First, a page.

I’m live blogging from “Message Driven Architecture with Spring” by Mark Fisher at TheServerSide Java Symposium. Mark talks about how Spring messaging involved with the idea simple POJOs, similar to JMS. Mark’s examples involve RabbitMQ, as one of the more recent and powerful messaging providers. Below are some notes for this talk.
Mark introduces Advanced Message Queuing Protocol, AMQP for short, protocol as an alternative to standard JMS messaging but with a richer feature set including an advancing system of binding for filtering/routing of messages. Also, AMQP templates are very similar to JMS templates. Mark presented a number of slides with code examples of AMQP using the templates.
Mark presents MailSender, which can be used to send simple mail massages.
3. Lifecycle Management
The Spring SmartLifeCycle has been created in Spring 3.0 to help facilitate auto-start and graceful shutdown of listeners with the rest of the application. This feature includes an optionaly isAutoStartup() attribute which can be used, for backwards compatibility and maintenance, to disable this feature. By graceful shutdown, the components are stopped in the reverse order of startup, as needed.
4. Task Execution
Create managed and pooled tasks that don’t need to be started manually (a big no-no)
Async was added in Spring 3.0 that uses the @Async annotation for executor framework.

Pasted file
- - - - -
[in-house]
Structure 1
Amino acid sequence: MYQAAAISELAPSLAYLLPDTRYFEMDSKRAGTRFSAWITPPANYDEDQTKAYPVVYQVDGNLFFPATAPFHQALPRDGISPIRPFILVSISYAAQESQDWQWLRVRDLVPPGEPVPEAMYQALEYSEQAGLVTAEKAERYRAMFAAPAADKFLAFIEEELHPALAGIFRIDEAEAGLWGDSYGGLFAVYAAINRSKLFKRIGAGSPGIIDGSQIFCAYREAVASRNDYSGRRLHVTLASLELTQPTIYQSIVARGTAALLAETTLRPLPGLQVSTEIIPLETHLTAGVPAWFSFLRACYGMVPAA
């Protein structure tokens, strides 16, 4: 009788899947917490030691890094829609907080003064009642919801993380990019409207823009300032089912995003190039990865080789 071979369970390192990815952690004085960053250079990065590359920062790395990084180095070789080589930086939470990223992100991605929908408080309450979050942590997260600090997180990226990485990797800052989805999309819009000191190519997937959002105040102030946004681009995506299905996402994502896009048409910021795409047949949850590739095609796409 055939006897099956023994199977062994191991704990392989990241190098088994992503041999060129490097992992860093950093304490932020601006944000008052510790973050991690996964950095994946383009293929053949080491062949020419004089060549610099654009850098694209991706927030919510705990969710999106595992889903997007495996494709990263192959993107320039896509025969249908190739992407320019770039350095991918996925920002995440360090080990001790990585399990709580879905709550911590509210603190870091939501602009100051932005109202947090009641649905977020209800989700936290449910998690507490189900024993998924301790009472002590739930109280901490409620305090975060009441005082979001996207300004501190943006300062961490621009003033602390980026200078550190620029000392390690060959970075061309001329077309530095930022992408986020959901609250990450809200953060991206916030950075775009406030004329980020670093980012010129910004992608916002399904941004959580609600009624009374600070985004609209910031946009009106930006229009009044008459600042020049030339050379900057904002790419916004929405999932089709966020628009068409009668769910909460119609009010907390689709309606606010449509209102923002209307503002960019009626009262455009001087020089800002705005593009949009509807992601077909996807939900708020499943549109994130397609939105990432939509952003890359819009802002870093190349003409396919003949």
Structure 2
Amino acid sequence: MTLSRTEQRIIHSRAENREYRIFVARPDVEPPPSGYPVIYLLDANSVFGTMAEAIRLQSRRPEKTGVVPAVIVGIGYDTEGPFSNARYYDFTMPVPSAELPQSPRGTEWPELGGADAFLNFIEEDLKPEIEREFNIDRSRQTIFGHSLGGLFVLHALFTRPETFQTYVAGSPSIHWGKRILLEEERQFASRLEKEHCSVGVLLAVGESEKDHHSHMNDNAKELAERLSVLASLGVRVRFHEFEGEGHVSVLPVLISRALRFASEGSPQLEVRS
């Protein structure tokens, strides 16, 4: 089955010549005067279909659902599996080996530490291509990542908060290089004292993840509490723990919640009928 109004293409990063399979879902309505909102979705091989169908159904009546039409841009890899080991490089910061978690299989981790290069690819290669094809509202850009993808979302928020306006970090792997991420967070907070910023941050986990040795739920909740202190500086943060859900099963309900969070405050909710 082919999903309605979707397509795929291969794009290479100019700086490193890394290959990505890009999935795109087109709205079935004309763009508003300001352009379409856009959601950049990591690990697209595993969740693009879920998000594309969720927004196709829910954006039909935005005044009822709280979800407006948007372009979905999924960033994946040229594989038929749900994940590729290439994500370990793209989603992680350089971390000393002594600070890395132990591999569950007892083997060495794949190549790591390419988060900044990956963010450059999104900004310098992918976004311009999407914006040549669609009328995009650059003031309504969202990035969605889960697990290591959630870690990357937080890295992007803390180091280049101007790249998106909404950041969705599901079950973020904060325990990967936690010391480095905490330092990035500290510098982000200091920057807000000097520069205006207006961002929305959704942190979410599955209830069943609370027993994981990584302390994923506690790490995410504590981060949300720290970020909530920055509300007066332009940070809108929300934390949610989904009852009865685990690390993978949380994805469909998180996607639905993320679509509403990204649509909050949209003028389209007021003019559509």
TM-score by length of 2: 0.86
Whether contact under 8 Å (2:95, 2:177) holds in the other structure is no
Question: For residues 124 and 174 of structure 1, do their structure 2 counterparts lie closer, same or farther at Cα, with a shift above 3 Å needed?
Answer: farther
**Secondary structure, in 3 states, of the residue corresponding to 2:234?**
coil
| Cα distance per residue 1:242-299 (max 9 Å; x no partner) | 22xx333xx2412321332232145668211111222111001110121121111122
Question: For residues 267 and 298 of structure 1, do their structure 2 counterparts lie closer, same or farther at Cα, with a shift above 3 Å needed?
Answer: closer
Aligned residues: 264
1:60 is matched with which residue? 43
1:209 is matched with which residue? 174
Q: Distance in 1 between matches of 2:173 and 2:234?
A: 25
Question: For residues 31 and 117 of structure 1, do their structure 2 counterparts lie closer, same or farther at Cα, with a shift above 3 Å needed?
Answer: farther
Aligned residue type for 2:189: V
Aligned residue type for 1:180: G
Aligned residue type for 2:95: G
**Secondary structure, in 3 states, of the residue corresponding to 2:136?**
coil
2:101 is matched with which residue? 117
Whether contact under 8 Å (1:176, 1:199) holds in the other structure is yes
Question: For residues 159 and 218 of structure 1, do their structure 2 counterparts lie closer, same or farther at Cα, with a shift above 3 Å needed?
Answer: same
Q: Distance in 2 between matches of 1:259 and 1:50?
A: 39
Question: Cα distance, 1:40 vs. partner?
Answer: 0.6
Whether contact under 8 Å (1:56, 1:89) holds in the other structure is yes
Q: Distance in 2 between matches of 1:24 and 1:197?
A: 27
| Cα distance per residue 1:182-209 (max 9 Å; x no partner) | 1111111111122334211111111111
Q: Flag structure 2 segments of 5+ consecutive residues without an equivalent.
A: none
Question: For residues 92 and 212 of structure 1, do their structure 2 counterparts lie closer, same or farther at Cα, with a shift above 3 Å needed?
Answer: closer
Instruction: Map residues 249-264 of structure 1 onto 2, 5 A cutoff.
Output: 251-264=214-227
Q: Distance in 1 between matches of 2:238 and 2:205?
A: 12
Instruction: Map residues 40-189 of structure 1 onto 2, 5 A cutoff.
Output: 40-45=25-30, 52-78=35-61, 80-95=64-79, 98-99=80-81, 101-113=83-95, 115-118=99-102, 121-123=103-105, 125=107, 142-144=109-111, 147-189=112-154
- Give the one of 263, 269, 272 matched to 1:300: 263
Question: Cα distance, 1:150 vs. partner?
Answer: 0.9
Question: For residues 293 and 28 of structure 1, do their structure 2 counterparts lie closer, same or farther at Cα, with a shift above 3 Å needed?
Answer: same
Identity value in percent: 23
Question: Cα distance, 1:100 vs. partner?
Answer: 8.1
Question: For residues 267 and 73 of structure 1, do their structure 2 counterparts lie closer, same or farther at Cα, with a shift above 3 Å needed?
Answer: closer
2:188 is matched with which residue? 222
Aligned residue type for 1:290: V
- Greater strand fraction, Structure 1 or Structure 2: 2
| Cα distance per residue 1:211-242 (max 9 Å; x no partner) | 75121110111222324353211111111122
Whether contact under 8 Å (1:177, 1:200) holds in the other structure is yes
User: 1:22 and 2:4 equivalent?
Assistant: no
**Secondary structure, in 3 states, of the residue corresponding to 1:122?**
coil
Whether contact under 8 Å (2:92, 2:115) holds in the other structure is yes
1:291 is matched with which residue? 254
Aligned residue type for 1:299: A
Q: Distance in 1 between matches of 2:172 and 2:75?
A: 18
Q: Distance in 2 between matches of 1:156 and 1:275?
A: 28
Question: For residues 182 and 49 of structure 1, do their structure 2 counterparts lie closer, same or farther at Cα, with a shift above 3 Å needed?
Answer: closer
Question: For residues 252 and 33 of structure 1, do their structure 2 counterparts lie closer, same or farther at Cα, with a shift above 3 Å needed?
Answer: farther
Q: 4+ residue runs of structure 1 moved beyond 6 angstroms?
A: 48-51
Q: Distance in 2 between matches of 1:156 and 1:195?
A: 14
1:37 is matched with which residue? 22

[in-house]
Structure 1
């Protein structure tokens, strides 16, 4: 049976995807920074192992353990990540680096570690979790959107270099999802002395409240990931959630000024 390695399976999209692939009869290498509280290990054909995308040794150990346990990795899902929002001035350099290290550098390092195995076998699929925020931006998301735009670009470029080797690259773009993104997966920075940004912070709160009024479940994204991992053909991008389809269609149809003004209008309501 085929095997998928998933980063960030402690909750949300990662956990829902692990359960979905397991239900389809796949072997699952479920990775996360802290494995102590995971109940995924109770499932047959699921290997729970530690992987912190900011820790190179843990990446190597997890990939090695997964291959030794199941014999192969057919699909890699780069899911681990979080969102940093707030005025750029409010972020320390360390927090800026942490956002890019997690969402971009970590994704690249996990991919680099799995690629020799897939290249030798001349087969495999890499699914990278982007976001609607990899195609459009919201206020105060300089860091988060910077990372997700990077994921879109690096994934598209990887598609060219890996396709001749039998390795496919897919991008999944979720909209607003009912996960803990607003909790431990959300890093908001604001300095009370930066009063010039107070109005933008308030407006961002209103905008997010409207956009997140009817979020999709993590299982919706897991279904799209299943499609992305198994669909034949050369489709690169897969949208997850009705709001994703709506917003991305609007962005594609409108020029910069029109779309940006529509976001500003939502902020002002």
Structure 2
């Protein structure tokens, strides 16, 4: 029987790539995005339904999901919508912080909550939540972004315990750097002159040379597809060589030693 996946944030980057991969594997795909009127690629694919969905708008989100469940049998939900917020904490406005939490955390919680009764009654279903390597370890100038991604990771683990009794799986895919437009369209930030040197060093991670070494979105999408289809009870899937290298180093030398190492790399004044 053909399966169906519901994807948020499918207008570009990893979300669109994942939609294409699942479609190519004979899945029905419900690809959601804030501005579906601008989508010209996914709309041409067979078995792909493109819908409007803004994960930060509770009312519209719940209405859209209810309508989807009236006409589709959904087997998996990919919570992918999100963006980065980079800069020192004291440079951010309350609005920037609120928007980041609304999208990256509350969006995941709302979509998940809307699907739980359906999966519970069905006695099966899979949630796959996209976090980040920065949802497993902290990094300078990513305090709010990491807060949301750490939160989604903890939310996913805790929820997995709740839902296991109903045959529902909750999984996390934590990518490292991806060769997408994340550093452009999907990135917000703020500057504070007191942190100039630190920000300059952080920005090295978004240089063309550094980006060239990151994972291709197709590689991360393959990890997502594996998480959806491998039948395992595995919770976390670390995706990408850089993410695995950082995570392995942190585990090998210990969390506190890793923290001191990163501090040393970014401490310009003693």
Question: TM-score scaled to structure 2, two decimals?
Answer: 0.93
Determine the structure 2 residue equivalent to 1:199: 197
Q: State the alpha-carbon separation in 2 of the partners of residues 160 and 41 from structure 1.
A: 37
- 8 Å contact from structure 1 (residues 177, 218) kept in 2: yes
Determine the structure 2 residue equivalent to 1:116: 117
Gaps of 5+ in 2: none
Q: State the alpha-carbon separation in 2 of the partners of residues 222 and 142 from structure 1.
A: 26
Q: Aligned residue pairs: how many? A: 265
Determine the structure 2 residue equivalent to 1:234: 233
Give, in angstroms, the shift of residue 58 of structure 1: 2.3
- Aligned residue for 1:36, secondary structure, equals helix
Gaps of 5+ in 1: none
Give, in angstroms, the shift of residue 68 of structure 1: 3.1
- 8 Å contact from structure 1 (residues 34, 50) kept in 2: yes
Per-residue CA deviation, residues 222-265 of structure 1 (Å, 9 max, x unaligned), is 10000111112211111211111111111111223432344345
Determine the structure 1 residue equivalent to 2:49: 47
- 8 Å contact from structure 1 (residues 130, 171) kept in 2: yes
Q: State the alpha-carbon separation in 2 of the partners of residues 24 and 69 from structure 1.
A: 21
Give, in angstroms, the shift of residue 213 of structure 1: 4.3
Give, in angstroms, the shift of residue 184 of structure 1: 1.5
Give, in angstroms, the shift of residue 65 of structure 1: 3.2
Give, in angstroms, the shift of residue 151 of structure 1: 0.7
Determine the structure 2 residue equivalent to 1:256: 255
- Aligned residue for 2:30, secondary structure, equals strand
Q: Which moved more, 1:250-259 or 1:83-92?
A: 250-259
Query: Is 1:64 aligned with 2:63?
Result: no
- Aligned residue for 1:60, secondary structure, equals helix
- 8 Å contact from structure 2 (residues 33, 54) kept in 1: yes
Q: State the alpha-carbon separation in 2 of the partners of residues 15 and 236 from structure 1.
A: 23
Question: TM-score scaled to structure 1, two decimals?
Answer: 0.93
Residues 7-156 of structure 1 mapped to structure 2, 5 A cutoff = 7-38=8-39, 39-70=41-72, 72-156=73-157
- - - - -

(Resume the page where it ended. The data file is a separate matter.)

6. Task Schedule
Built-in framework in Spring 3.0, no longer requires Quartz scheduling plugins and similar structures. Supports recurring and cancelable tasks. The @Scheduled(“*/5 * 9-17 * * ?”) annotation allows developers to build cron-like schedule tasks. There is also an alternative solution to externalize the schedule information in XML so it’s tied to the code and the code does not require import statements for the annotations. Finally, it supports meta-annotations that uses the @Scheduled annotation but points to XML reference in another location.
7. Message Publishing Interceptor
Send message a by-product of another event.
Mark covered a large variety of material in a very short time, so I wasn’t able to write all the important points from his slides. He did demonstrate a number of really useful features available in Spring 3.0 and showed how messaging in Spring has really grown to a more mature development platform. He presentation was especially good because he managed to include demonstrations of the code alongside the spec information.
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